LED Light Therapy for Skin Benefits, Tools to Use at Home — Expert Insight


In slightly simpler terms, LED light therapy “uses infrared light to achieve different effects on the skin,” explains Michele Farber, MD, a board-certified dermatologist based in Philadelphia, PA. During a treatment, “wavelengths in the visible light spectrum penetrate the skin to varying depths to exert biologic effect.” The different wavelengths are key, because this is “what helps make this method effective, as they penetrate the skin at varying depths and stimulate different cellular targets to help repair skin,” explains Ellen Marmur, MD, a board-certified dermatologist in New York City. 

What this means is that the LED light essentially alters the activity of skin cells in order to produce a variety of agreeable outcomes, depending on the color of the light in question — of which there are multiple, and none of which are cancerous (because they do not contain UV rays).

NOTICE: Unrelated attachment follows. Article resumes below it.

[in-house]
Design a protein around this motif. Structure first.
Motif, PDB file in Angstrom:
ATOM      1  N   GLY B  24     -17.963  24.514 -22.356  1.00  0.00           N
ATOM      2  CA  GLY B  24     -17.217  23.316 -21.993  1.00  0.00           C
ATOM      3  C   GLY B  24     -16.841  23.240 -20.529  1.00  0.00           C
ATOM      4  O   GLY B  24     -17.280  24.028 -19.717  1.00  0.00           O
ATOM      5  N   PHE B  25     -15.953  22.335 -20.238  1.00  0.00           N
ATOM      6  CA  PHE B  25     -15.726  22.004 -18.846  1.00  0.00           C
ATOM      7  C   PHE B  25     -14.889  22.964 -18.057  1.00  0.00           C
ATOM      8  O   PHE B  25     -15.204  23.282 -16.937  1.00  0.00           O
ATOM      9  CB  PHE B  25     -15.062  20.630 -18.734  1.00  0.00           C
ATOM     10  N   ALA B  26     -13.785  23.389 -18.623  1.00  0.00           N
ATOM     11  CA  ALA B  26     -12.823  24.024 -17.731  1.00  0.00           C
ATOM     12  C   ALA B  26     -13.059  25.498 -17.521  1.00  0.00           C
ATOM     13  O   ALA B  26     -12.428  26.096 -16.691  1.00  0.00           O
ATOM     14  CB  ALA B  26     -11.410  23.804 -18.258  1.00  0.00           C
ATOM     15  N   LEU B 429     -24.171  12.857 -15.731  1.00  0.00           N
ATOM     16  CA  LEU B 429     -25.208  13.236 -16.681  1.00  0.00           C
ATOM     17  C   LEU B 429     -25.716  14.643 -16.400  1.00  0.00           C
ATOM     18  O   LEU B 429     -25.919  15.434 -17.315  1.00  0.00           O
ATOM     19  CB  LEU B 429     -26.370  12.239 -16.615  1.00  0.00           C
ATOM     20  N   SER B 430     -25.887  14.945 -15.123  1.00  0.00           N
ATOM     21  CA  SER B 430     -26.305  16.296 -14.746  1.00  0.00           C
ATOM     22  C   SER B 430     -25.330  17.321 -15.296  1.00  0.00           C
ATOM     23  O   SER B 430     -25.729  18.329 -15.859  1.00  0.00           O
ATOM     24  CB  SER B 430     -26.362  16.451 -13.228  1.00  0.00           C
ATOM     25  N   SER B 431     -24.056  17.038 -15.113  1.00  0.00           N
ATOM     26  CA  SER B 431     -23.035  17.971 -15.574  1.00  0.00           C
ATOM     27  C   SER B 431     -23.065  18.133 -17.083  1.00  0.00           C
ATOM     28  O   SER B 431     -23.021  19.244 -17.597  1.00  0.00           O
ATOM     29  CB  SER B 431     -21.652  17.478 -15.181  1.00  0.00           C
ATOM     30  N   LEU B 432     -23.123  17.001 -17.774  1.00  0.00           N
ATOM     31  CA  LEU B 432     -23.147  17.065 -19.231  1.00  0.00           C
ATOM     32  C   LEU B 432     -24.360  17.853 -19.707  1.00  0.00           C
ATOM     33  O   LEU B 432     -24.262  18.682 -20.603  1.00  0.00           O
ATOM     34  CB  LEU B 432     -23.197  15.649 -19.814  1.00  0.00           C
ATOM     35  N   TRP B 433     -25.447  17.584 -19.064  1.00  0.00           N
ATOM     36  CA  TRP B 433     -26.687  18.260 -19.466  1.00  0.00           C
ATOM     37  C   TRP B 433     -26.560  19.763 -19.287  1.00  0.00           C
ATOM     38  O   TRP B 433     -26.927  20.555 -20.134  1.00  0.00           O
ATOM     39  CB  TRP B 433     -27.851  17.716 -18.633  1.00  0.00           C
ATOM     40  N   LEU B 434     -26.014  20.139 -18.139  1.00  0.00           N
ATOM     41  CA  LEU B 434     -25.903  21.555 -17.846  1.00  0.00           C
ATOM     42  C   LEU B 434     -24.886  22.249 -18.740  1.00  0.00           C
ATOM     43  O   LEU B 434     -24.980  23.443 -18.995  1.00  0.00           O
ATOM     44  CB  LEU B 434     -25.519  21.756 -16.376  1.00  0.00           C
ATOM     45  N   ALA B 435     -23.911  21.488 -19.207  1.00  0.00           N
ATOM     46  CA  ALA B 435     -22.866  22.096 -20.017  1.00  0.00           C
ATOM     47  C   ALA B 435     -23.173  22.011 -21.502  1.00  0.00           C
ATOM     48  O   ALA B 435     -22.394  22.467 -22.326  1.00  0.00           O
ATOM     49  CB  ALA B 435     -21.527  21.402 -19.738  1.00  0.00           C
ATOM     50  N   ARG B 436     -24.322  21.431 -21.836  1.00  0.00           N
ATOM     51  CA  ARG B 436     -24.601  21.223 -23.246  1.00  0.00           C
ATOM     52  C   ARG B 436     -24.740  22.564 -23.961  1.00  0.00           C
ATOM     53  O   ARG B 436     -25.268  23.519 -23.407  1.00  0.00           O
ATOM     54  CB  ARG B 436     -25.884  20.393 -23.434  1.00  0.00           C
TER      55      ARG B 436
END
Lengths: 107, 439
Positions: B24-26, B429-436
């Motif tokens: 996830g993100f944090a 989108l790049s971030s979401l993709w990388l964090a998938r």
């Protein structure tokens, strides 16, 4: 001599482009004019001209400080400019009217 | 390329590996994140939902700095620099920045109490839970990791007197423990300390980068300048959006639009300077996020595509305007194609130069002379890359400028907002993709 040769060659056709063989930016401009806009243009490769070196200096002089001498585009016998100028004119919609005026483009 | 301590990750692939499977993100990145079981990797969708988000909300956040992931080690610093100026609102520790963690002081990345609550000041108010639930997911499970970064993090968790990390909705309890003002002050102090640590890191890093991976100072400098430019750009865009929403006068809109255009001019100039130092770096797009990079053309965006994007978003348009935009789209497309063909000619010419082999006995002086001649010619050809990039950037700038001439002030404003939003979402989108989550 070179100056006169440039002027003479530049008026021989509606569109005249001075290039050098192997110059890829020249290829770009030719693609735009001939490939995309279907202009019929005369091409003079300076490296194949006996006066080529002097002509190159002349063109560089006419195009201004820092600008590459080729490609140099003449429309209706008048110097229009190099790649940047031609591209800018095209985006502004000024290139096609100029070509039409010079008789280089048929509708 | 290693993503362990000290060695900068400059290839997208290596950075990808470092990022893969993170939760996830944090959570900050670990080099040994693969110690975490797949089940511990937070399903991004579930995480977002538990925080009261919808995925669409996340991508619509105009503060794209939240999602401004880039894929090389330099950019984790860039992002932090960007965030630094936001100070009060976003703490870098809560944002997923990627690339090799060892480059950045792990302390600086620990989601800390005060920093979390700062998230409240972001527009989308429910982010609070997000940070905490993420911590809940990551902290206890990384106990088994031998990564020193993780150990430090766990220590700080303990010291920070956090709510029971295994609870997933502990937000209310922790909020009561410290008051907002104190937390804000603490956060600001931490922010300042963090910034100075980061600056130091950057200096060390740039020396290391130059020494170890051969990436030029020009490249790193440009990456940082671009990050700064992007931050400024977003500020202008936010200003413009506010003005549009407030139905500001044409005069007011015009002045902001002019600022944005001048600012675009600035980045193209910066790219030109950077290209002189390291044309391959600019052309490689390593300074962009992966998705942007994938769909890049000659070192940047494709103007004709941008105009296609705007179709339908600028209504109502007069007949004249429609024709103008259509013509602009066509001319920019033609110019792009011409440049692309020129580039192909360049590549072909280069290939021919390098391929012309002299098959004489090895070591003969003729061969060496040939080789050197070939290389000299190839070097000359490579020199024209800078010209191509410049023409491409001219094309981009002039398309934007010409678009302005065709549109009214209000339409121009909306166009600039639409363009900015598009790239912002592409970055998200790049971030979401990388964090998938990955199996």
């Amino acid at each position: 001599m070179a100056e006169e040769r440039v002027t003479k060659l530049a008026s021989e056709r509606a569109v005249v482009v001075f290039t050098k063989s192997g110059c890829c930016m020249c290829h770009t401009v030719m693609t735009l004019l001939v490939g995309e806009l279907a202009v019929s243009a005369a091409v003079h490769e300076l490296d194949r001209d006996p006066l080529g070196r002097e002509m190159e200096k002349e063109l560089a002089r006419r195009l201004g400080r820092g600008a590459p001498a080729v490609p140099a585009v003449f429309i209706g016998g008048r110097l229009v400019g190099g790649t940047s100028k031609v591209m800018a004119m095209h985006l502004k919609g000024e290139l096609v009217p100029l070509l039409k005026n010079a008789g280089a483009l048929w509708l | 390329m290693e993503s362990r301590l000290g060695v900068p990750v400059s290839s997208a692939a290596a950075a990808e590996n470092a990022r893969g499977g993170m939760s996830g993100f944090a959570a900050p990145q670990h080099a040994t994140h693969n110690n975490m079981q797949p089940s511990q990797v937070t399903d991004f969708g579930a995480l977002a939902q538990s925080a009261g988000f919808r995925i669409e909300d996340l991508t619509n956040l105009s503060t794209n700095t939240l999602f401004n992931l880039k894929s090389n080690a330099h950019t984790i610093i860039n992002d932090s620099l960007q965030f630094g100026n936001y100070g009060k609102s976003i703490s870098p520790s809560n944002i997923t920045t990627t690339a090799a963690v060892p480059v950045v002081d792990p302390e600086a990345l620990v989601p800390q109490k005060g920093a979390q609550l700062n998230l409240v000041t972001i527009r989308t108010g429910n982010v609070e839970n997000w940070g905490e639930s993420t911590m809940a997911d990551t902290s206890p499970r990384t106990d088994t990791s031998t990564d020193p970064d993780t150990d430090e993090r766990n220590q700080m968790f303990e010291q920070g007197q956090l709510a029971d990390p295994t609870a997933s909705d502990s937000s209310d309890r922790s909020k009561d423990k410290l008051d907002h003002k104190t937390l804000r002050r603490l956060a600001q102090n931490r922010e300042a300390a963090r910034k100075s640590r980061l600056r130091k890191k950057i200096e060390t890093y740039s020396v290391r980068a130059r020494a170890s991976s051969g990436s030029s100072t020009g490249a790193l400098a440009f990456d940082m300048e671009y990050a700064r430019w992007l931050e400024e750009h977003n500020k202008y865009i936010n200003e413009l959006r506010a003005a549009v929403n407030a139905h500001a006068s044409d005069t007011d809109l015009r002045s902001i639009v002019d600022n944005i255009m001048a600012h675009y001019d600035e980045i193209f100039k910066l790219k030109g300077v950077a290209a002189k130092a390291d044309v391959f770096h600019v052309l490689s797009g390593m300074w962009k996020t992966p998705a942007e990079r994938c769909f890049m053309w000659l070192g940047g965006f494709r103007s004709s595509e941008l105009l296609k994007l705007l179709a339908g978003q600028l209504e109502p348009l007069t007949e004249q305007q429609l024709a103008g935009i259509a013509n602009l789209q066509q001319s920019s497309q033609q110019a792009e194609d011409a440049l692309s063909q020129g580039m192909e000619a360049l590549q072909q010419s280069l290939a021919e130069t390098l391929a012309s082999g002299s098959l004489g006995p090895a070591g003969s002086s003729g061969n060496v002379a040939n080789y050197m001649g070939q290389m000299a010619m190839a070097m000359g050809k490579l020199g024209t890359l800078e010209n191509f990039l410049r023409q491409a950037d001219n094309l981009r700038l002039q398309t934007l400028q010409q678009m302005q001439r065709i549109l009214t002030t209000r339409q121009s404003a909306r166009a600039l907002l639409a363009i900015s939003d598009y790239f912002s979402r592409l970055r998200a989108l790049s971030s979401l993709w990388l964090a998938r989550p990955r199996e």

Which LED light colors benefit skin?

“Red and blue light are the most commonly used LED lights for skin therapy,” says Sejal Shah, MD, a board-certified dermatologist based in New York City. “Yellow and green have not been as well studied but have also been used for skin treatments,” she explains, and adds that the combination of blue and red light used at the same time is a “specialized treatment known as photodynamic therapy,” or PDT.

Red LED light 

This color has been shown to “stimulate collagen production, reduce inflammation, and increase blood circulation,” Dr. Shah says, “so it is primarily used for [fine lines and wrinkles] and wound healing.” In terms of the former, because it boosts collagen, “red light is thought to [address] fine lines and wrinkles,” Dr. Farber explains. 

Because of its healing properties, it may also be used as an add-on after other in-office procedures, such as laser or microneedling, to reduce inflammation and recovery time, Shah says. According to aesthetician Joanna Vargas, this means she can perform “an intense peel on someone that can normally leave [their skin] red for hours, but then use infrared afterward and they walk out not red at all.”

Red light therapy may also help ease inflammatory skin conditions like rosacea and psoriasis. 

Blue LED light 

“There is encouraging evidence that blue LED light can alter the microbiome of the skin to improve acne,” says Dr. Belkin. Specifically, studies have shown that with continued use, blue LED light can help kill acne-causing bacteria and also reduce oil production in the skin’s sebaceous glands. 


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